• Mon. Nov 28th, 2022

Experts weigh in on the outlook for commercial real estate

ByWillie M. Evans

Sep 28, 2022

A panel of experts gathered for the Business Journal’s latest breakfast series to discuss the biggest hurdles facing the commercial real estate industry in West Michigan and what is being done. to solve these problems.

It’s no secret that the sector has seen its share of pandemic-related challenges in recent years, from job vacancies to labor shortages to high interest rates. The event aimed to explore these issues and potential solutions with the final Breakfast Series event on September 14 at Frederik Meijer Gardens & Sculpture Park.

Moderator Randy Thelen, President and CEO of The Right Place, discussed the current outlook with panelists Jason Makowski, Partner and Office Specialist at NAI Wisinski of West Michigan; Bill McGee, senior vice president and general manager of commercial real estate at Huntington Bank; and Tim Van Noord, director and senior vice president at Advantage Commercial Real Estate.

Despite some general uncertainty, some aspects of the status of commercial real estate in West Michigan are still showing some resilience, if not success. Industrial trends have shown momentum as manufacturing, e-commerce and logistics continue to boost the local economy.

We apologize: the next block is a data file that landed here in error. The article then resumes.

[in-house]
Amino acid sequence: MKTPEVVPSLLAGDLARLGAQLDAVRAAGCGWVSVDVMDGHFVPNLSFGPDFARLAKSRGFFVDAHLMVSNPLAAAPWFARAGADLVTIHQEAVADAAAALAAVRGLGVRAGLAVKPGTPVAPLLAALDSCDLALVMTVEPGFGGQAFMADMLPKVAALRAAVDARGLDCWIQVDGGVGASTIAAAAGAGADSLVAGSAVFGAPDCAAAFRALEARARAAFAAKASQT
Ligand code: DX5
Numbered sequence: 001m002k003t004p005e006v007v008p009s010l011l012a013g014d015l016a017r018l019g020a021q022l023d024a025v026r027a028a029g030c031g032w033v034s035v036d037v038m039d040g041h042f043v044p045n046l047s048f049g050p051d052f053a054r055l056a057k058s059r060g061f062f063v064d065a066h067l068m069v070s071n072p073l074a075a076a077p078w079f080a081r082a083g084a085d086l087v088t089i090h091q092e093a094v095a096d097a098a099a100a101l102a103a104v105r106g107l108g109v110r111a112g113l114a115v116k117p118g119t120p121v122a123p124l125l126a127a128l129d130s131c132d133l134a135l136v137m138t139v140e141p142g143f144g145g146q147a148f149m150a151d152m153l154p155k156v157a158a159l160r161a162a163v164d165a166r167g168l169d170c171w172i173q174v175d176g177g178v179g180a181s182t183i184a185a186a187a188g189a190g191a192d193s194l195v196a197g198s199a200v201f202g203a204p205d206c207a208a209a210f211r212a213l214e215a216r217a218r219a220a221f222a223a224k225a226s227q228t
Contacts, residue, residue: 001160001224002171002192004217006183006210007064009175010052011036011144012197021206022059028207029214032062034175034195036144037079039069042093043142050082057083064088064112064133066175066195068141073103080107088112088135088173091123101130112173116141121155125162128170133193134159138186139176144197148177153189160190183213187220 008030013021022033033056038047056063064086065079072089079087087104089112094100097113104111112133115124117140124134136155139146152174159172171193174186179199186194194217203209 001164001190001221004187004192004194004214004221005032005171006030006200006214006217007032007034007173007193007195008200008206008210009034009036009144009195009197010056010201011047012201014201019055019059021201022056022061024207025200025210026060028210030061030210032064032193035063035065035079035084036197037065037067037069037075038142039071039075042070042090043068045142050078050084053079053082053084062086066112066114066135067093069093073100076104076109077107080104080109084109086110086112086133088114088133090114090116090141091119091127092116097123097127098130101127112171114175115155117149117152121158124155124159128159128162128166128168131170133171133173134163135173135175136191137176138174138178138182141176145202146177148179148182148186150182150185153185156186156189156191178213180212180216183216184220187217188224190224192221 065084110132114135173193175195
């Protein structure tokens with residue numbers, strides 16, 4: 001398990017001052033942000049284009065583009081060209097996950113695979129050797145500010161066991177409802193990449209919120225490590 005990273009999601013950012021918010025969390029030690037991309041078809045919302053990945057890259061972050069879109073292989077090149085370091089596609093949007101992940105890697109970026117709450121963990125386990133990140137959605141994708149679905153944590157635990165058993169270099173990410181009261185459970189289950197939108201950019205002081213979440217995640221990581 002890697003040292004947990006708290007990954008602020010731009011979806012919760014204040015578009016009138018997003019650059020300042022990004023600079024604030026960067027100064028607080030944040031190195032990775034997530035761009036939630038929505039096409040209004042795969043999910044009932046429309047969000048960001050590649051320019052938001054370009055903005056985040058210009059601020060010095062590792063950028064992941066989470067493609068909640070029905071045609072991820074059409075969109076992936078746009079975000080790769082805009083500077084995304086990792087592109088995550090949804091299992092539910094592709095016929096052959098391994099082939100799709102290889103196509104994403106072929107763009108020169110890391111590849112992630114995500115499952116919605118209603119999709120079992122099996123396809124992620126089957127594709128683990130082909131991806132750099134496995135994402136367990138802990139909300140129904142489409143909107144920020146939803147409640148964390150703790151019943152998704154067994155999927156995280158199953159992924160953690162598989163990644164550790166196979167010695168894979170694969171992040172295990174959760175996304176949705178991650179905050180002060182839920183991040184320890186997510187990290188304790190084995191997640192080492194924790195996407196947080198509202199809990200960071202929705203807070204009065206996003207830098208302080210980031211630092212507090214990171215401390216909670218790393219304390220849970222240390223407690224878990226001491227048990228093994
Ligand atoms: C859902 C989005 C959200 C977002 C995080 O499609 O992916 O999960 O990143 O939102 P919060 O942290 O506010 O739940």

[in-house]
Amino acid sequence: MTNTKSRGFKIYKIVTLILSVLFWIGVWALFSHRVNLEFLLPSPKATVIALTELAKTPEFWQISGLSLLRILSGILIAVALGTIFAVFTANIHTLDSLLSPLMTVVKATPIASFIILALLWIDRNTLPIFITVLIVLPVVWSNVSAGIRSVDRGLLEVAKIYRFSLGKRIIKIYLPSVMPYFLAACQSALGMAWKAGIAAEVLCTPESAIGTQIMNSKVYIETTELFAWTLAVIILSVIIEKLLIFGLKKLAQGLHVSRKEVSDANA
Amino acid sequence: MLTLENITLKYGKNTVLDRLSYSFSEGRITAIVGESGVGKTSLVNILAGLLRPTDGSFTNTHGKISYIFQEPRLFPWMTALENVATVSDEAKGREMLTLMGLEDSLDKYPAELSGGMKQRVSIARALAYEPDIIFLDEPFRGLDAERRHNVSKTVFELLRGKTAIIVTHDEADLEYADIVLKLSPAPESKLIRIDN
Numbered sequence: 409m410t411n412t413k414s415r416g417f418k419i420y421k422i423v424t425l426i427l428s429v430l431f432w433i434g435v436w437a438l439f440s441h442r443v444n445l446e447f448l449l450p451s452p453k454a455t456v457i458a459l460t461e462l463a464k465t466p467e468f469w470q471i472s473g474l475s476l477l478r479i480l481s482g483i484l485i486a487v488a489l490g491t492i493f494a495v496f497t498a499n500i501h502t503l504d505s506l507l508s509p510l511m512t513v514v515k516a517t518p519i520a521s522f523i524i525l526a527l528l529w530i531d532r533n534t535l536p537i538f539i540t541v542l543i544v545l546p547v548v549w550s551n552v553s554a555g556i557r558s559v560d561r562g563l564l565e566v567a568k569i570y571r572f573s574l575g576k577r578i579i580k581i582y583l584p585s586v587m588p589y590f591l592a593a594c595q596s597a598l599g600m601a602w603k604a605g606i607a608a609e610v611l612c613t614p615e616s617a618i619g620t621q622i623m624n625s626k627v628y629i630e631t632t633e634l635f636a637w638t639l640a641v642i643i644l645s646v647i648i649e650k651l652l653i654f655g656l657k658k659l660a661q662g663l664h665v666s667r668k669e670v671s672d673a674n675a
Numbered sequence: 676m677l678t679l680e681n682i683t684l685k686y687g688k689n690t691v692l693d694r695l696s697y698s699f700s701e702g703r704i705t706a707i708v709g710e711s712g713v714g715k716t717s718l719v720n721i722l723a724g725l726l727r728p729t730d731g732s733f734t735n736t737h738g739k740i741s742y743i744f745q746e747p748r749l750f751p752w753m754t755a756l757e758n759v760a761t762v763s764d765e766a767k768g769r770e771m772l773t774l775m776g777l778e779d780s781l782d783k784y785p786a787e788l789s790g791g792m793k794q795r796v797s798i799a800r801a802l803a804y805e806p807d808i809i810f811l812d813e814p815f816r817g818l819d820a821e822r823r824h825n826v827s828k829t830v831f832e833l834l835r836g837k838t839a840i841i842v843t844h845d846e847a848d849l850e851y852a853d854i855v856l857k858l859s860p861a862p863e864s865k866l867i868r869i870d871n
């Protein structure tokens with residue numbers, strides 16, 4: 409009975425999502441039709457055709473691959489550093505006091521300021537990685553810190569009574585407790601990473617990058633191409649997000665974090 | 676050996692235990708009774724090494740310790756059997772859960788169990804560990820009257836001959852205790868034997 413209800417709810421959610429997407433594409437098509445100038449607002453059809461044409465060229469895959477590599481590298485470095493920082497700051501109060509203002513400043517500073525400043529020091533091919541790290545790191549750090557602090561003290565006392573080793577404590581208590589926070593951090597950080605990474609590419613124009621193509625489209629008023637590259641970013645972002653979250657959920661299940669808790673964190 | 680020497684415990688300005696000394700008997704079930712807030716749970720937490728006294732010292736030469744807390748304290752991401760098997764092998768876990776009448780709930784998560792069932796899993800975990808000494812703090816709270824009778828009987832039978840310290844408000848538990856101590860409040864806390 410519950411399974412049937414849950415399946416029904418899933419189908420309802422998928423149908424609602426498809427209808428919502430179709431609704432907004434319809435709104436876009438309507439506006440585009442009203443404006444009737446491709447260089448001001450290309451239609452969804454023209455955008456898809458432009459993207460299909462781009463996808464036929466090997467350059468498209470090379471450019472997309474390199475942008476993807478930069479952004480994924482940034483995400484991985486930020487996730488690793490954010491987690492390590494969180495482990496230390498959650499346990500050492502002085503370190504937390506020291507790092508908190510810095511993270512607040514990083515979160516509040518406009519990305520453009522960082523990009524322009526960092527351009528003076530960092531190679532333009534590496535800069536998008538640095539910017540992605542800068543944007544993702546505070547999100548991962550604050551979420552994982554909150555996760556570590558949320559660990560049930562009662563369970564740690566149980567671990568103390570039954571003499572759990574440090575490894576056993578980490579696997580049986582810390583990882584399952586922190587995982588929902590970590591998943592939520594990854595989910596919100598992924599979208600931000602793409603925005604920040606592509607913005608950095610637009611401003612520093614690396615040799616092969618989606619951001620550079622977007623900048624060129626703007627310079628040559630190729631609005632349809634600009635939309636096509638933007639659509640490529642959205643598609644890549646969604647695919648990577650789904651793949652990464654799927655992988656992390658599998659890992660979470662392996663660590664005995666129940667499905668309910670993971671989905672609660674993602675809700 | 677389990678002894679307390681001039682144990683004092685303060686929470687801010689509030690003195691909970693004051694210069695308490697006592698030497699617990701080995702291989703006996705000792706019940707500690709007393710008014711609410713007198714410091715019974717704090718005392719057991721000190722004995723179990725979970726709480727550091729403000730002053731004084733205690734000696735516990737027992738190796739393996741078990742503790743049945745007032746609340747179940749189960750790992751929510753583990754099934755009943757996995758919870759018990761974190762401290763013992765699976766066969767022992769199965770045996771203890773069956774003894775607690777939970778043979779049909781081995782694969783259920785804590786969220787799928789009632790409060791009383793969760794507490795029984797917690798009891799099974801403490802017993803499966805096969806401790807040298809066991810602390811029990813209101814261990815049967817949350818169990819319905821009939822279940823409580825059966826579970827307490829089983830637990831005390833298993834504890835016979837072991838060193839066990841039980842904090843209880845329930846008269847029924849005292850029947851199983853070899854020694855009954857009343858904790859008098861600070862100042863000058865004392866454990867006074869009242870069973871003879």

Van Noord highlighted the growth in the demonstrated resilience of this sector compared to other sectors.

“The industrial side has been very fluid,” he said. “COVID has really helped us, actually. Much of what retail or office has gone through has almost benefited industry.

However, steady growth has brought its own challenges, primarily a lack of inventory.

“If you’re an industrial user, you need to buy a building and occupy it today,” Van Noord said. “There are three properties on the market in Kent County at the moment – ​​just three. And this is significantly less than two or three years ago. If you are a tenant needing 100,000 square feet, there are maybe three or four options today.

Thelen agreed, noting that the current vacancy rate stands at 1.7% and creates a tight market. As for a solution, Van Noord said those in the industrial space need to get creative to meet this challenge.

“They may have to look outside of Lowell or Wayland or Coopersville and more tertiary locations to find land and expand,” Van Noord said. “You also see individual rearrangements. The Visser brothers have just purchased the DeltaPlex building, and this building is already fully leased. They haven’t even started the demolition work yet.

Van Noord added that everyone, from brokers to bankers to government officials, needs to work together and find solutions.

From a banking perspective, McGee pointed to the uncertainty caused by inflation and its effects on the status of commercial real estate.

“It’s a challenge, and we try to thread the needle every day,” McGee said. “It feels like we’re in the middle of another economic shift.”

McGee noted challenges from a developer’s perspective with land acquisition and construction in addition to consumer struggles with rising costs for things like groceries, utilities, insurance and other commodities. .